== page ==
Ernie, from your experience, is it best to let the cruise line take care of your air travel or best to make your own air arrangements separate from the cruise? We usually just buy the whole package (cruise/air) but after seeing some posts here, not sure if thats the best way to go. Your opinion on this would be appreciated.
It doesn't matter if you use frequent flyer miles or not. You will still get a much better airfare plus you will get to pick the flights you want. You can do this with the cruiseline as well, but you pay a premium for it. This is how the deal goes. The cruiselines book contracts with the airlines to get passengers from point A to the cruise departure location and back to point A. Nothing is specified about how many stops or what route or what time of day. Sometimes it works out fine. For example, I live in Miami and going to a cruise that leaves England, the shortest and most economical route is for the airline to fly me nonstop from here to London. No place really to stop enroute, but I have seen some ridiculous routing sometimes. Other times a husband will be on one set of flights and his wife on another, and both bad. I use Expedia, Travelocity and Orbitz to find my flights. I come into the cruiseport a day early and I always use third party insurance to cover you from door to door. Check it out next time you cruise. Look on the back of your cruise brochure to see what your additional airfare will be, then check online and see how much you can beat their fare.
Rick... as you can see, this is a subject for much discussion and, frankly, there is no hard and fast answer. To an extent, it depends upon where your cruise is departing from. Far East, Eastern Med or South America I recommend Cruise Line air 100% of the time. A traveler needs just one missed connection or delayed flight on some of these itineraries, on air purchased on their own, to eat up any savings they EVER accrued on all the air they ever booked for themselves, and then some. Regardless of what you may read, the Cruise Lines have a lot more clout with the airlines than you do... or your t/a for that matter... by virtue of the $ business they give to the airlines, and you would be surprised at the help they can give you when things go wrong.
I know it is an unusual case, but the folks caught in Europe around September 11th who had their own air (not the cruise line's) had a much harder time of it than those with cruise line air (except for Princess passengers who were cared for by Princess regardless of where their air came from).
Domestically, it's a toss up. You can buy an air deviation from the Cruise Line for $50 or so and pick your flights and travel dates, so you can control the flights you get. You can read literally hundreds and hundreds of questions on these boards, over and over again, from people who have done their own air... "how much does it cost to get from FLL to MIA?"... "what is the earliest I can book a flight out of Miami?", "what's the latest I can get into Miami?", and so on. All these worries are gone when you have CL air and their transfers. So, it is not always an issue of money. Comfort, convenience and freedom from worry are also a consideration.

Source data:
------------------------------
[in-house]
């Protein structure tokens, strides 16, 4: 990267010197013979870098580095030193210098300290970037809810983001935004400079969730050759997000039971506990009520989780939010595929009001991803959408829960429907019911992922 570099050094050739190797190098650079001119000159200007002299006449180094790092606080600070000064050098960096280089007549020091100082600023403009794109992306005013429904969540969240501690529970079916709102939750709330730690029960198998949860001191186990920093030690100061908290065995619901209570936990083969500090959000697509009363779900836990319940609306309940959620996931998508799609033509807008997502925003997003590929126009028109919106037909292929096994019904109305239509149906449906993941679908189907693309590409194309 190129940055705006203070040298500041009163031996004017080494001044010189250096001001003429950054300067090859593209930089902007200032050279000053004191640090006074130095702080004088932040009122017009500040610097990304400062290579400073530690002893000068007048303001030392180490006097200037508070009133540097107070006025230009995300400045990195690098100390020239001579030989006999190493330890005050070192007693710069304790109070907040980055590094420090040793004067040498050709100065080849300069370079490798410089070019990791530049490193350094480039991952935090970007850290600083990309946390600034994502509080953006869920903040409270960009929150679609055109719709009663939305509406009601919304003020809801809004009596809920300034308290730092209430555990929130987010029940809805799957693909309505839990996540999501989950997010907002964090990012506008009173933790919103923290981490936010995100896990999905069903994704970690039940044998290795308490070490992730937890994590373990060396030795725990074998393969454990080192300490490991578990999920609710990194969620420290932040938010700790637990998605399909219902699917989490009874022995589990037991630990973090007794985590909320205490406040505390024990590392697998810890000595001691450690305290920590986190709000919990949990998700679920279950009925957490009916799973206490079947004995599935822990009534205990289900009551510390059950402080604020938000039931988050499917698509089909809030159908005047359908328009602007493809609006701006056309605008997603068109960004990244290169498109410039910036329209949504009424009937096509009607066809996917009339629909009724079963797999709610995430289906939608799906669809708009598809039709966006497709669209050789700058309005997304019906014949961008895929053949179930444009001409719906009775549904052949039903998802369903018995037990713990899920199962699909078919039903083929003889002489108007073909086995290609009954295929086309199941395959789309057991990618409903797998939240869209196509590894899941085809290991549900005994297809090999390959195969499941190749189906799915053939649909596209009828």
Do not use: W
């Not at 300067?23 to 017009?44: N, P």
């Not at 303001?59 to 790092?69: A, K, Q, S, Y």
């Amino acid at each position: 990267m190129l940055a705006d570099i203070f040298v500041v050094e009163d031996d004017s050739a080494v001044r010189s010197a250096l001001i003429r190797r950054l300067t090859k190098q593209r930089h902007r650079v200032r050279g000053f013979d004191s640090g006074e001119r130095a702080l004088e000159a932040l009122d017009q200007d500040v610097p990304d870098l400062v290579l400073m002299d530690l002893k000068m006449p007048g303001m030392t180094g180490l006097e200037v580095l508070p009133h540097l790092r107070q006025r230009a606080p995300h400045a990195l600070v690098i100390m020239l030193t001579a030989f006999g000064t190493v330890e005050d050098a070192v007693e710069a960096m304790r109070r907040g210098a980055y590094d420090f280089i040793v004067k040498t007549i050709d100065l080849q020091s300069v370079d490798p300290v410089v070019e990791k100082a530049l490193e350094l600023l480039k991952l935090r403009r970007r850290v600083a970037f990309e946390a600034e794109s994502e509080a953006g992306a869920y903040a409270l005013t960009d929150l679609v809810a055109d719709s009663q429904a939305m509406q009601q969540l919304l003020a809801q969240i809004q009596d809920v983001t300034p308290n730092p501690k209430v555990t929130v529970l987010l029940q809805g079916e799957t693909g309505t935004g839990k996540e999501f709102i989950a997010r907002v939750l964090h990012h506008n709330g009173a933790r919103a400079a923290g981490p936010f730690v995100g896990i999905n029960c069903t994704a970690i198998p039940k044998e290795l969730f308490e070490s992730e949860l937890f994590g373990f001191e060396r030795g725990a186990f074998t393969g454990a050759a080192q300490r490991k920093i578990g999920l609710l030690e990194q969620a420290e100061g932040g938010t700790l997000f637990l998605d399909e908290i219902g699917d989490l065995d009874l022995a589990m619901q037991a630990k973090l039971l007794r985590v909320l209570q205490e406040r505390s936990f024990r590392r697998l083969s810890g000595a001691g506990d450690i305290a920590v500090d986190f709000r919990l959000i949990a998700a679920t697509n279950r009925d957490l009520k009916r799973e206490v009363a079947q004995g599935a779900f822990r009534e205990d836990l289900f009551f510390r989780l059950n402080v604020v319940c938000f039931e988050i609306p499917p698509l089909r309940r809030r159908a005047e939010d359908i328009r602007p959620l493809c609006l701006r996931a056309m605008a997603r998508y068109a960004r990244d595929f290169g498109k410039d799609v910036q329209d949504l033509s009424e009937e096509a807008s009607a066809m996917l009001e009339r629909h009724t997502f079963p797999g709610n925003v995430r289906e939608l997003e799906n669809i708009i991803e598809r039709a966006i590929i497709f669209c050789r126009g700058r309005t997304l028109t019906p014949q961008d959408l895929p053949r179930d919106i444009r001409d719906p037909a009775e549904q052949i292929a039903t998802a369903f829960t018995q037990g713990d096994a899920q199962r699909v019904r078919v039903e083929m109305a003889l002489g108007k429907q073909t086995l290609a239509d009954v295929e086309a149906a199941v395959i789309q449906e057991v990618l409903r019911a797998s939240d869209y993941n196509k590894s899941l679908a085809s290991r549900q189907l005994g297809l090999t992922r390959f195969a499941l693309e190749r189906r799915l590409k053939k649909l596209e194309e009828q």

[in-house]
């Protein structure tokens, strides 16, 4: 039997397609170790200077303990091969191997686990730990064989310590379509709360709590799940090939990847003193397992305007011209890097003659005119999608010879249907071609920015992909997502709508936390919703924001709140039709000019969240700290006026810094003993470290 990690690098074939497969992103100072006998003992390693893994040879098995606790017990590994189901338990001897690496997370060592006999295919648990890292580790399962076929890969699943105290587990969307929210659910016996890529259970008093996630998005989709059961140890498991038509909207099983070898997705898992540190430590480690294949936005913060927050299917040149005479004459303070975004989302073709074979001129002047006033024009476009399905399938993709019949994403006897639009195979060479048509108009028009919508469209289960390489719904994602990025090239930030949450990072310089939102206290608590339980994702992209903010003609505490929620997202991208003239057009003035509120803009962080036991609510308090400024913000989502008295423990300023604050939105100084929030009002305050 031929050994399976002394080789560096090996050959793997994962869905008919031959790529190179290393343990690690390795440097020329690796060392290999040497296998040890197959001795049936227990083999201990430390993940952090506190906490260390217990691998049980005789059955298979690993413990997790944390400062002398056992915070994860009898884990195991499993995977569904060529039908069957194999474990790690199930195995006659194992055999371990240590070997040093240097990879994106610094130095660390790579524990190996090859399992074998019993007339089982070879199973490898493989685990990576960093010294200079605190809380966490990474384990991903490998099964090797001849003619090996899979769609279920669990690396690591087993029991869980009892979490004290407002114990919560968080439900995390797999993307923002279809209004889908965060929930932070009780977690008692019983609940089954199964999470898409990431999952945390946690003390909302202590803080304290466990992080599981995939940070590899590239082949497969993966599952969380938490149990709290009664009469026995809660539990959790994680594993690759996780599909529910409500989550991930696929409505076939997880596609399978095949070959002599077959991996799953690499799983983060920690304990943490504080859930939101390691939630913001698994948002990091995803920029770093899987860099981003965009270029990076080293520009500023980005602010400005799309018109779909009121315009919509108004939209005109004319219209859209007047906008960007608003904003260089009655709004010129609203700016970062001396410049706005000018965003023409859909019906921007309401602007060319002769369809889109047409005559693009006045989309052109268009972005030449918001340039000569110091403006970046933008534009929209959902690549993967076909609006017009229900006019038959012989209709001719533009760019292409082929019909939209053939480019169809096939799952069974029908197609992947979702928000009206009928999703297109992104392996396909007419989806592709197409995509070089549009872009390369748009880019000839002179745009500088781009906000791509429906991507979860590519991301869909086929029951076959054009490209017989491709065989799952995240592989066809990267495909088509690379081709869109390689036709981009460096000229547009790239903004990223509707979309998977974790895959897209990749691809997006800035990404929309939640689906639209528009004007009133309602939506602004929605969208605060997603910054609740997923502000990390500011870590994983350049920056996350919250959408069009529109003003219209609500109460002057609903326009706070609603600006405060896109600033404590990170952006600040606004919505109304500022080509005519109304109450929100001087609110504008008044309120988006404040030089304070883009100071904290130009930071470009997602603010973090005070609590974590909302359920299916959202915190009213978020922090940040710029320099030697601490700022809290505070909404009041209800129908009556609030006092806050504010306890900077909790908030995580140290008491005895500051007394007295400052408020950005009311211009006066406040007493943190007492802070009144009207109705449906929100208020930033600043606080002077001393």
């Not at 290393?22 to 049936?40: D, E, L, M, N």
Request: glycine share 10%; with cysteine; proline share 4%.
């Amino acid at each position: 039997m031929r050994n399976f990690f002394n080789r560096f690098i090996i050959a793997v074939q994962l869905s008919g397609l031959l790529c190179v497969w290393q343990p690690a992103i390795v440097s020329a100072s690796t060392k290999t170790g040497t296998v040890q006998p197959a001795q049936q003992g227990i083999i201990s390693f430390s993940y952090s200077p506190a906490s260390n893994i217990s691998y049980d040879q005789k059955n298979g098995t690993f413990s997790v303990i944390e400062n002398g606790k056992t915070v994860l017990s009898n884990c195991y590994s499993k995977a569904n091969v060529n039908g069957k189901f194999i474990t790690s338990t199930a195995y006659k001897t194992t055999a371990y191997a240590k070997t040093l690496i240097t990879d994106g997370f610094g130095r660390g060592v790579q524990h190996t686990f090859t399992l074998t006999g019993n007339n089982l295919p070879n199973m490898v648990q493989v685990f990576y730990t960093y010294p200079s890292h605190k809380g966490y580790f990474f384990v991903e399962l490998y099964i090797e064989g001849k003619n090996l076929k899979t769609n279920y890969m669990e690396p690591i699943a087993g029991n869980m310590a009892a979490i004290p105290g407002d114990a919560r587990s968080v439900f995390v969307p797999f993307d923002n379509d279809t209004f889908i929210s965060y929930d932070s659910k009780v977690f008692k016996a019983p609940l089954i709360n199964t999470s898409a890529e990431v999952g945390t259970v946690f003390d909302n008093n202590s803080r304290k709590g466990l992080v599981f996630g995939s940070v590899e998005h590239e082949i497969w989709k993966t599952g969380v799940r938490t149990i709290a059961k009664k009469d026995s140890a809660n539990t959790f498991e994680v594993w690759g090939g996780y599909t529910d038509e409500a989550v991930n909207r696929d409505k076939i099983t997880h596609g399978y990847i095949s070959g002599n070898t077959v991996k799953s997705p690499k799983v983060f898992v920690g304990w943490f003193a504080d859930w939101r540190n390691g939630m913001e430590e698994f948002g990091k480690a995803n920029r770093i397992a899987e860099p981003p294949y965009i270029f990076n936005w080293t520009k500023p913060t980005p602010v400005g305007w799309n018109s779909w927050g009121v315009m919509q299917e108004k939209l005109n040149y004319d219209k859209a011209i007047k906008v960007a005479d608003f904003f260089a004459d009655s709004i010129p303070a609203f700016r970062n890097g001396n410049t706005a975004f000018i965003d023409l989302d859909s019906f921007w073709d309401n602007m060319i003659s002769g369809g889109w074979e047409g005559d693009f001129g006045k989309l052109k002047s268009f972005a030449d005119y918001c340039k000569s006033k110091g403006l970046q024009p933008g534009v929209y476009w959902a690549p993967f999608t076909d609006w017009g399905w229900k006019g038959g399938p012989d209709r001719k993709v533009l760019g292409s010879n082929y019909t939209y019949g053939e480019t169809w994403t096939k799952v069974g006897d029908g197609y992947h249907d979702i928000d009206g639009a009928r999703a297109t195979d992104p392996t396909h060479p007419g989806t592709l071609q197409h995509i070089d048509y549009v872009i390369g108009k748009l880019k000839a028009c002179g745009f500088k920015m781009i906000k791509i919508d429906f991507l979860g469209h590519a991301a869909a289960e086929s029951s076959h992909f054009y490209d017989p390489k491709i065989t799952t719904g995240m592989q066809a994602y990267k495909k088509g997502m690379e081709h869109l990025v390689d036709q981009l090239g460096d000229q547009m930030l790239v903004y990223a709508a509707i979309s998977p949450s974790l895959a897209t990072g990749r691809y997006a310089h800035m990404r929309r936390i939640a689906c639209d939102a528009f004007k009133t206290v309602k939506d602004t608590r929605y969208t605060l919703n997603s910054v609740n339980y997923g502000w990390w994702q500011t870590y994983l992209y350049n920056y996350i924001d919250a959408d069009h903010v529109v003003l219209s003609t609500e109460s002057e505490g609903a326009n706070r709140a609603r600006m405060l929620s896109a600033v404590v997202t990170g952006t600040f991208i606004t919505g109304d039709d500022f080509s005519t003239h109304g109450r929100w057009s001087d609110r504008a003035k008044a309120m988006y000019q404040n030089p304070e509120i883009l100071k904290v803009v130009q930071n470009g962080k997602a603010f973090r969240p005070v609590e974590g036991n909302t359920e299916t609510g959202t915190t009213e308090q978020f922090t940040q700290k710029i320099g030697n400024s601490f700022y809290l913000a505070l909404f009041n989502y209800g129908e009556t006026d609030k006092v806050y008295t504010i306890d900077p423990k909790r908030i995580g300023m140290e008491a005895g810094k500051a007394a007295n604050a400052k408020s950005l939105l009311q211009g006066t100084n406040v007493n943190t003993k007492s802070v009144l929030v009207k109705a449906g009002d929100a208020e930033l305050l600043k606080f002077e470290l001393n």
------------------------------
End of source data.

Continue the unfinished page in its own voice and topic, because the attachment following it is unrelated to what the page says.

For most, a cruise is a once or twice a year affair... a major purchase generally costing several thousand dollars or more. Saving a few dollars on getting to the cruise and opening yourself up to the uncertainties of air travel on your own may not be worth it. It is very much a personal decision I would say. Personally, I always opt for the Cruise Line's air, without exception.
I think that's a very reasonable point of view, even though--for a variety of reasons--I never abide by it.
From looking at this board and seeing the same questions you referred to, it seems evident that many people who cruise are not frequent travelers and are therefore quite concerned about the most minute details (not that meeting the ship is minute!). For them, and for anybody leaving from obscure ports, CL air undoubtedly makes a lot of sense, even if it is more expensive.
On the other hand, if you're in the habit of scheduling your arrival at the departure port two or more days early, and especially if it is a heavily served air market, going on your own is a very reasonable thing to do. Yesterday I booked air to FLL from the Washington area on an introductory fare from JetBlue of $88 RT to meet a cruise that we'd booked six months ago. I'd been procrastinating, and I'm glad I did. But there's never any trouble getting to south Florida when you're going two days early, so you can afford to play it a little fast and loose.
We're also big fans of using frequent flyer miles to get to European ports. Again, we always go a few days early to buffer any irregularities. It's never failed us.
But I do agree that for many people, CL air, even at a premium, can be a good investment.
AR... I understand and agree with you, too, generally. It is a bit hard to suggest that the answer to the original question depends, in part, on the prior cruise experience and sophistication of the traveler as well as the other considerations we discussed.